- Soy Sauce/Miso—getting a low-sodium variety is best, but soy sauce is excellent to have on hand. It makes a perfect flavoring for stir-fries, though I’ve been known to add it to almost any savory dish. Miso is a soup base, and my equivalent of a quick sandwich is a bowl of whole wheat pasta in miso soup.
- Sesame Oil—add just a dash of this to any soy-sauce dish, and the flavor will instantly pop. One of my all-time favorite childhood recipes was a tofu-carrot scramble cooked in soy sauce and sesame oil.
- Onions—very cheap and easy to store, these are a great flavor addition to any vegetable dish. Since I’m cooking for just one person, I bought a bag of small onions, each of which is the perfect size for one serving of a dish.
- Potatoes—again, an easy-to-store vegetable that offers plenty of creativity when you think beyond the standard chips, fries, and mashed variety. I learned recently that potatoes can be microwave-baked in about five minutes; they can also be added to soups and stir-fries, or mashed with water and nutritional yeast flakes for a delicious cheesy flavor.
- Peanut Butter—vegans should definitely have some sort of nuts and seeds on hand, and peanut butter happens to be the cheapest (and the easiest not to overindulge in). I love roasted almonds and especially pecans, but I can afford to buy them only as a treat.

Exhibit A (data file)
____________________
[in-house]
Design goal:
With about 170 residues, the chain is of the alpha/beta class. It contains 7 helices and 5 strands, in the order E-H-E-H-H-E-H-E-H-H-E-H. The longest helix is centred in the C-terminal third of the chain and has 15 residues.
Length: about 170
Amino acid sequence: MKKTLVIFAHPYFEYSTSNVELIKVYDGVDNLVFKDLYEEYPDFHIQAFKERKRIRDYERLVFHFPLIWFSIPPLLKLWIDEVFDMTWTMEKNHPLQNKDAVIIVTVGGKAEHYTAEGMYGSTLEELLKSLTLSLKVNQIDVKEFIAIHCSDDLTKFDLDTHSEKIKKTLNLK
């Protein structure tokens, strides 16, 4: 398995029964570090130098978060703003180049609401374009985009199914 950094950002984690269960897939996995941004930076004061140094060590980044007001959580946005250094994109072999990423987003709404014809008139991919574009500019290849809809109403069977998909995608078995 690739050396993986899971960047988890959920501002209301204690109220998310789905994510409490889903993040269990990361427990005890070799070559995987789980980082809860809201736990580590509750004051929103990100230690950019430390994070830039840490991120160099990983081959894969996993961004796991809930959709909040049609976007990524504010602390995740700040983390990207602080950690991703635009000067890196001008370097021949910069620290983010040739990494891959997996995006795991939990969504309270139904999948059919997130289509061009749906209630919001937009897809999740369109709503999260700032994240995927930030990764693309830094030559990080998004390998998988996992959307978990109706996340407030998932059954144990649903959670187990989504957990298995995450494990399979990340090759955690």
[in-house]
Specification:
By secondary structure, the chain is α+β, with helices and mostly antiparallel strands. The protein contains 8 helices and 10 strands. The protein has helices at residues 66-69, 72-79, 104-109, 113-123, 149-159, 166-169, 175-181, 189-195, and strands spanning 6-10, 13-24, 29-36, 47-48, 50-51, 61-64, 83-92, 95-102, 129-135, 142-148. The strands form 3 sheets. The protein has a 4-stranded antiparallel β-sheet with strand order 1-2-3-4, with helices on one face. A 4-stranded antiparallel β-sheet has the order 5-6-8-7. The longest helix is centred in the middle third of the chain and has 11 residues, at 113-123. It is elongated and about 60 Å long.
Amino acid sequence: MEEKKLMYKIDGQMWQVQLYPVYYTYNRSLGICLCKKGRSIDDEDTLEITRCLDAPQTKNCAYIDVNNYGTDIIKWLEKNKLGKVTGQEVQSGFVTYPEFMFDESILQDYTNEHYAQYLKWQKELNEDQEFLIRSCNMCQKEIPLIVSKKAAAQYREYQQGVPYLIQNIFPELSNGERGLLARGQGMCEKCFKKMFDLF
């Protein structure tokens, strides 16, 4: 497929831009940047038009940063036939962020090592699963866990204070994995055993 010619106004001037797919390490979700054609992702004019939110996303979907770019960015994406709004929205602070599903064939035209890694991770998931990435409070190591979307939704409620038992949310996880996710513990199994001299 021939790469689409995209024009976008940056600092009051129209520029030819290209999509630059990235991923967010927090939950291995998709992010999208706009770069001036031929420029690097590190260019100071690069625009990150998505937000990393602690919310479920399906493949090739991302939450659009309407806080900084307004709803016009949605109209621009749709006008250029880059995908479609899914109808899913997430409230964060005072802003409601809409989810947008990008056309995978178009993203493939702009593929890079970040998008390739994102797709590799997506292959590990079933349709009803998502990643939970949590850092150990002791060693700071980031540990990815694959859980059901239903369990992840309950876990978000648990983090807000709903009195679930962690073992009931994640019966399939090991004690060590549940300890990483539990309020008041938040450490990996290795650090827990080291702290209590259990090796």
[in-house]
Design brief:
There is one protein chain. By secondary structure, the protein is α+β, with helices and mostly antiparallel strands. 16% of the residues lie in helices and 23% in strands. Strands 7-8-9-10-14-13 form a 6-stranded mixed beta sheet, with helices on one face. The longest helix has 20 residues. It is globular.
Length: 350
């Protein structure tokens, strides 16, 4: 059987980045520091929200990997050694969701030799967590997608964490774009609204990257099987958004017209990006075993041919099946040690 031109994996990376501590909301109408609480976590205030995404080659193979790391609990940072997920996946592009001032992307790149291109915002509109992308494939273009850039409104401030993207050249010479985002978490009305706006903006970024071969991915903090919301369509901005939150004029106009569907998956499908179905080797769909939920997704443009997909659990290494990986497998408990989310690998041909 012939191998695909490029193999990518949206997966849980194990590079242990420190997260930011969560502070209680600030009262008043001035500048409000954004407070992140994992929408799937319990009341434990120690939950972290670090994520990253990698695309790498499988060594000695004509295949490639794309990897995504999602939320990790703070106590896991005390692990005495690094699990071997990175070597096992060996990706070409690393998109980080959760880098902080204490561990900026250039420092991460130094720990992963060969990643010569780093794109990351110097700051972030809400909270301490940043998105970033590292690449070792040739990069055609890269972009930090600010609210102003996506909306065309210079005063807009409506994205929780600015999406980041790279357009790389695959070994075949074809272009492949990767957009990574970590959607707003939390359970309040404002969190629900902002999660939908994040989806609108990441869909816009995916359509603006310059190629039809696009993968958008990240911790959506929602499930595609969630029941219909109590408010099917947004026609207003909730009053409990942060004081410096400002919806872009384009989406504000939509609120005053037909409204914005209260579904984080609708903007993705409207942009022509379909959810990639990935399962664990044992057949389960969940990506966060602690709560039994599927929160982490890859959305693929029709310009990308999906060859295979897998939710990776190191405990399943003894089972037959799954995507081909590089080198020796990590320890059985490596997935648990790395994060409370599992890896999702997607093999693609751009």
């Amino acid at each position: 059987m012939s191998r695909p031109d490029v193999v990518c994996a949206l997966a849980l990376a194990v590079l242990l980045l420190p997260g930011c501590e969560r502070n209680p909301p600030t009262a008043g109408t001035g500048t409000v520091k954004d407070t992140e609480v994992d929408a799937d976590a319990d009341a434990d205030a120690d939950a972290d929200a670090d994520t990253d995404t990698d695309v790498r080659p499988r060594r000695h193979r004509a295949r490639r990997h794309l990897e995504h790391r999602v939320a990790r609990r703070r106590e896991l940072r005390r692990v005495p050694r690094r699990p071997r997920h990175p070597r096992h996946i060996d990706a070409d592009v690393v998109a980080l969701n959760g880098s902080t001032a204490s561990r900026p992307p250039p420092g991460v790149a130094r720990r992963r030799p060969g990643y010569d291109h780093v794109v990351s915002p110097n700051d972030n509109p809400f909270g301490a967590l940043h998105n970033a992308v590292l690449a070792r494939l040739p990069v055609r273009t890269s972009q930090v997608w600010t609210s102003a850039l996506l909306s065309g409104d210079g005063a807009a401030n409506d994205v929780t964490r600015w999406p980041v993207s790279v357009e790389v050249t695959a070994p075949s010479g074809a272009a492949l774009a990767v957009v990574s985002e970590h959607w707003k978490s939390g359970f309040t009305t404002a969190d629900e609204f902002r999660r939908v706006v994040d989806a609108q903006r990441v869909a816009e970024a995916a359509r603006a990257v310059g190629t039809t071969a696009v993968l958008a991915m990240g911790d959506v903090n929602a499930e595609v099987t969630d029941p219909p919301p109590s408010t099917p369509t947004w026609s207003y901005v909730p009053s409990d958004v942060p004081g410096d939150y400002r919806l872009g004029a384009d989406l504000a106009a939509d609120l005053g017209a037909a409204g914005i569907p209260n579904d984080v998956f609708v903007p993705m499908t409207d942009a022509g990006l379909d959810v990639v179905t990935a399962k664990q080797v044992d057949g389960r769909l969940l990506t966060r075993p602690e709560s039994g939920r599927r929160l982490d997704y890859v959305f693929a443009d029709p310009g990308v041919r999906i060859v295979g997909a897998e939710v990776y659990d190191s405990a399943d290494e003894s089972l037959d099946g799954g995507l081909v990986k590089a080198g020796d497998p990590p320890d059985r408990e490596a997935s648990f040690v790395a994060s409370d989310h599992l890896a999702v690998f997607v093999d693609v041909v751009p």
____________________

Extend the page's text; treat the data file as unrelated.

- Oranges, Apples, Peaches, and Pears—these fruits keep for a while without refrigeration, so they’re handy to have around. Vegans (and everyone) should be eating plenty of fruit every day!
- Bananas—one of my favorite fruits. Melted peanut butter stirred with banana slices (and a drizzle of maple syrup, if you have a sweet tooth) makes an excellent treat.
- Other Fruits—berries are the most nutritionally outstanding fruits around, but for my purposes they’re a bit expensive and don’t store well at room temperature. I’ll buy a small box of raspberries or blueberries whenever I go grocery shopping, and eat it later that day.
- Vegan Cereal—I made the mistake of buying cereal without checking for honey, only to realize that most of it isn’t actually vegan. So I’ll wait until the month is over to eat that.
- Oatmeal—the standard oatmeal with brown sugar is great for cold mornings; to make it extra special, I sometimes like adding pecans, cinnamon, that new rice milk powder, and dried cranberries or raisins.
- Dijon Mustard—this makes an excellent stir-in for all sorts of dishes, from mashed potatoes to seasoned rice.
- Dried lentils—these take longer to cook than the canned variety, but they’re cheaper, use less packaging, and don’t need to be refrigerated after opening. The variety I found takes the same amount of time to cook as brown rice, so I’ll mix the two in one pot and get double the nutrients.
- Windowsill Basil Plant—I noticed this in the produce section, and it was too pretty to pass up. I have a west-facing dorm window, so this cute little plant can soak up five hours of direct sunlight every day even though I’m living fourteen stories above a big city. I’ve started adding basil to almost everything, and it’s a great treat.
- Acorn Squash—I picked this up at the farmers’ market recently; it stores for a long time at room temperature, so I’ll be experimenting with cooking it very soon.
- Farmers’ Market Goodies—whenever I go to the farmer’s market, I’ll buy any fruits and vegetables that catch my eye, provided I can cook them within the next two or three days. This has led to a variety of delicious and original meals, and I’ll never grow bored as long as the harvest season lasts.